Loudoun County School Board Settles with Teacher Who Opposes Pro-Transgender Policy

YouTube Screen Shot/The Blue Oak Project

The Loudoun County School Board has agreed to a permanent injunction prohibiting retaliation against a teacher who openly rejected a proposed pro-transgender policy.

After the settlement on Monday, Tanner Cross stated, “Just today, the court issued a final order permanently prohibiting the Loudoun County Public School Board from punishing me for freely expressing my views. I can now confidently continue teaching at Leesburg Elementary School without fear of punishment for expressing my views.”

The agreement also includes removing any reference of the suspension from Cross’s records and paying $20,000 for his attorneys’ fees.

Cross was suspended from his position as a physical education teacher at Leesburg Elementary School after he exerted his First Amendment rights at a school board meeting in May to oppose Policy 8040.

According to Fox News, Policy 8040 would require school staff to refer to students by their preferred pronouns, open activities to students according to their gender identity, allow students access to facilities corresponding to gender identity, and complete training on topics related to LGBTQ+ students. 

At the time, Cross said:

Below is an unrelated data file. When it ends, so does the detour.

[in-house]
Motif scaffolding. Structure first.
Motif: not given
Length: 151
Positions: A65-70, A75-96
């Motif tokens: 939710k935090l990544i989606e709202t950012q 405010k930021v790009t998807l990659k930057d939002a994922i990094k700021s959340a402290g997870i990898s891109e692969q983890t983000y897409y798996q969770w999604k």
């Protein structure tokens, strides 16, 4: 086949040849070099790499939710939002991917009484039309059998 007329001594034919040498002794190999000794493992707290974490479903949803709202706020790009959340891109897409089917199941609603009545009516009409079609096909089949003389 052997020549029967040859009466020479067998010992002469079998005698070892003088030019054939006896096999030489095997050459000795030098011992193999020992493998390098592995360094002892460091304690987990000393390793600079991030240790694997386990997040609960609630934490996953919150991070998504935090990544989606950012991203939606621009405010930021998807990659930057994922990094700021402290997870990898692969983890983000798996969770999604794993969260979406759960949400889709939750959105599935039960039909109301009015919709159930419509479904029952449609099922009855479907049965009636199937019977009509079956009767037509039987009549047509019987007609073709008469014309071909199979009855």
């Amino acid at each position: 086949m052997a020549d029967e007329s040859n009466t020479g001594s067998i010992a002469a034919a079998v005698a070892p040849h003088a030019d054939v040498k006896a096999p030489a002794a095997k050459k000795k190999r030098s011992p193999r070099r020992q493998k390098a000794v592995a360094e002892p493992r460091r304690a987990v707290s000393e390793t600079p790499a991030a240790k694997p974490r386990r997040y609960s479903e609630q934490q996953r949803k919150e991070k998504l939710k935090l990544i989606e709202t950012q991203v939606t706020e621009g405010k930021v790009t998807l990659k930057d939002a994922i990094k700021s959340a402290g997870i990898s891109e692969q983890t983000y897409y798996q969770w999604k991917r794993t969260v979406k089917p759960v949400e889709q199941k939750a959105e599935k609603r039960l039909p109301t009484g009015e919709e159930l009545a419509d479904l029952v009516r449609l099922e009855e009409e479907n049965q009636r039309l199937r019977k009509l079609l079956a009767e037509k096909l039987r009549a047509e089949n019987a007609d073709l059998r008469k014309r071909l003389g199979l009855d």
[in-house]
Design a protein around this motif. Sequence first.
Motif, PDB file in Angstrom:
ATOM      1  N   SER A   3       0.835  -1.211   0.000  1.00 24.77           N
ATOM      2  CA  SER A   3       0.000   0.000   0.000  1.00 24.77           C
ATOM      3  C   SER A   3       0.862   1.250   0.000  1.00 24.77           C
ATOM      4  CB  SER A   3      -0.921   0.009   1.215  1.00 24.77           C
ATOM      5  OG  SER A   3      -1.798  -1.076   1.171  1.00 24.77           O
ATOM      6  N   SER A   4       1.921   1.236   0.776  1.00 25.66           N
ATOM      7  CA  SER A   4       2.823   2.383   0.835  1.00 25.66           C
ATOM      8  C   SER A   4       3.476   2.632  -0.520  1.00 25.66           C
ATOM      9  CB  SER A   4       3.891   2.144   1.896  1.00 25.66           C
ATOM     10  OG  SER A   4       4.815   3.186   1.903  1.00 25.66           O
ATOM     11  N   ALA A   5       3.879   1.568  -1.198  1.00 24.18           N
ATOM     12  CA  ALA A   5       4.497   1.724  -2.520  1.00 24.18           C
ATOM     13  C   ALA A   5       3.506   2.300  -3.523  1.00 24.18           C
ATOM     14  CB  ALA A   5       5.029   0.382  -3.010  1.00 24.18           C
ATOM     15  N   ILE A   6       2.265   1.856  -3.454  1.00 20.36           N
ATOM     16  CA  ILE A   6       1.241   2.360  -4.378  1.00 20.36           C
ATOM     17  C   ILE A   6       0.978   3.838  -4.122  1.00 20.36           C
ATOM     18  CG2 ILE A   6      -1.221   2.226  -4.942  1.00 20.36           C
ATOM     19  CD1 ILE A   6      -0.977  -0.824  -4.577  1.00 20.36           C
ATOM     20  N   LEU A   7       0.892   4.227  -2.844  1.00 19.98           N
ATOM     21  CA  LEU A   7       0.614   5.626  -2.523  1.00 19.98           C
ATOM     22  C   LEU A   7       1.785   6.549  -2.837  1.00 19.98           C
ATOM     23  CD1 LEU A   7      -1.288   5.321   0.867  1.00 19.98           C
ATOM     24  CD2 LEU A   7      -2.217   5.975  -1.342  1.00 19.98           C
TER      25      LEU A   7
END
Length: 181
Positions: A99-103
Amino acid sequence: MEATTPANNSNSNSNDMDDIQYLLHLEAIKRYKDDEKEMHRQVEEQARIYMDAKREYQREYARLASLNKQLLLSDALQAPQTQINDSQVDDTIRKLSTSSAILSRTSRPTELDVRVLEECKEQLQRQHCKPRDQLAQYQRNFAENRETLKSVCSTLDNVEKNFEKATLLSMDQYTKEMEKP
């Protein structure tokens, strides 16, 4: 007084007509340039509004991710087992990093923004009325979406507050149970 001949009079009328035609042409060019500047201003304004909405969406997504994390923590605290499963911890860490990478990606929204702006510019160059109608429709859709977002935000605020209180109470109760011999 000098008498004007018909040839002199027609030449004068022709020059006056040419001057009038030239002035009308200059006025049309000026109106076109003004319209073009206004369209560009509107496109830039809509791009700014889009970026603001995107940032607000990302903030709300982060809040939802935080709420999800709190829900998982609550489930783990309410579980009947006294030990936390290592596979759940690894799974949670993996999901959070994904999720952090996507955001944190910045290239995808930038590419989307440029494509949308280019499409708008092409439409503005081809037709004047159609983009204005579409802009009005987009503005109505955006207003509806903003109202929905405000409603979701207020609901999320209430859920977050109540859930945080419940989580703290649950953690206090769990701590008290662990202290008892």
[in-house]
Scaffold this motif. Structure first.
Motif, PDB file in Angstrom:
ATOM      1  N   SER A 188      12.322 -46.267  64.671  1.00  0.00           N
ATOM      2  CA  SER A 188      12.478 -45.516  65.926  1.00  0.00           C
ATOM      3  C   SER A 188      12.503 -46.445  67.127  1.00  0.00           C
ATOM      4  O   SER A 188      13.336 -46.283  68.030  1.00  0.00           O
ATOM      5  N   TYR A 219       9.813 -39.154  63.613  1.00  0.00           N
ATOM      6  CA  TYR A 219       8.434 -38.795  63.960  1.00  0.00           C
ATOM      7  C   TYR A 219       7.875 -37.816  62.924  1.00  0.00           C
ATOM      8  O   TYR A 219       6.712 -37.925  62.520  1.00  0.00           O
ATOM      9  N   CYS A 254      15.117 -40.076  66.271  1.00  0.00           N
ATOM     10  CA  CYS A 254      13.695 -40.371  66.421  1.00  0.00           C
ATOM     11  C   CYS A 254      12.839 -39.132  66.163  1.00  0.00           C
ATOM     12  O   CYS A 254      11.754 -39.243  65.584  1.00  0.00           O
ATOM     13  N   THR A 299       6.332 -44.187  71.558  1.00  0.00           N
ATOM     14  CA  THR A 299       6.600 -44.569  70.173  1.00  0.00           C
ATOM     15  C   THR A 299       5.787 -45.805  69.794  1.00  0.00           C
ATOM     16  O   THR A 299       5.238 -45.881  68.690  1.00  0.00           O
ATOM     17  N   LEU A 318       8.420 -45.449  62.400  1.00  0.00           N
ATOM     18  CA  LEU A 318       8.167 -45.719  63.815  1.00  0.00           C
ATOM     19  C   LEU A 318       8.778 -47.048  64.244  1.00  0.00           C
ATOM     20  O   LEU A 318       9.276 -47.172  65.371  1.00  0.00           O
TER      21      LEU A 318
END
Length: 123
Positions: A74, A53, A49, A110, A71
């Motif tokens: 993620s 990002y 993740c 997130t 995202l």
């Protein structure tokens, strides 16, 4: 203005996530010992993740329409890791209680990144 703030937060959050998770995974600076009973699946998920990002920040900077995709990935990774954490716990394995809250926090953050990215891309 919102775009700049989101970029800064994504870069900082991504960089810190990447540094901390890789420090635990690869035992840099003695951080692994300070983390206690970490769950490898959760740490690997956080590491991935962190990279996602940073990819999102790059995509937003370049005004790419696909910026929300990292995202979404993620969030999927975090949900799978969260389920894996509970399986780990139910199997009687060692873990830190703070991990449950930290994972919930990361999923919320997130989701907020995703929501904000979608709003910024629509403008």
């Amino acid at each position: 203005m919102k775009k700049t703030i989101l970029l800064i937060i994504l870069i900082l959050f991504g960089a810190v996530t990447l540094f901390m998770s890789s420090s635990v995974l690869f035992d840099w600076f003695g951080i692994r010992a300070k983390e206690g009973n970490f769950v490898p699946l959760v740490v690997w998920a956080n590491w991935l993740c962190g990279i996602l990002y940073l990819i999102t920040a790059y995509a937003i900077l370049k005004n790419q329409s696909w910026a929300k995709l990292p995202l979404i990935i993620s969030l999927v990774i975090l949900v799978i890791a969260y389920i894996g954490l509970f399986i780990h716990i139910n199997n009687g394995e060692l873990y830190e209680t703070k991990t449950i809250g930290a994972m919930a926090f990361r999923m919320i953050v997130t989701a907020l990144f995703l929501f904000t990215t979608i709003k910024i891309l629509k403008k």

“I’m a teacher, but I serve God first, and I will not affirm that a biological boy can be a girl and vice versa because it’s against my religion, it’s lying to a child, it’s abuse to a child, and it’s sinning against our God.”

He immediately retained counsel. A court granted Cross temporary injunctions in June, forcing Loudoun County Public Schools to reinstate him. The school board then promised to appeal the ruling, taking it to the State Supreme course if necessary. 

Monday’s settlement, however, means the school board has relinquished its right to take further action against him. 

Cross and two other teachers are still challenging Policy 8040 in court. Loudoun County High School history teacher Monica Gill and Smart’s Mill Middle School English teacher Kim Wright joined Cross’ lawsuit against the school board.

Gill said on Monday, “Freedom of speech and religion includes the freedom not to speak messages contrary to our core beliefs, and public schools shouldn’t require teachers to personally endorse a belief with which they disagree, but that’s exactly what policy 8040 does. It forces teachers to say things that are untrue and harmful to students.”

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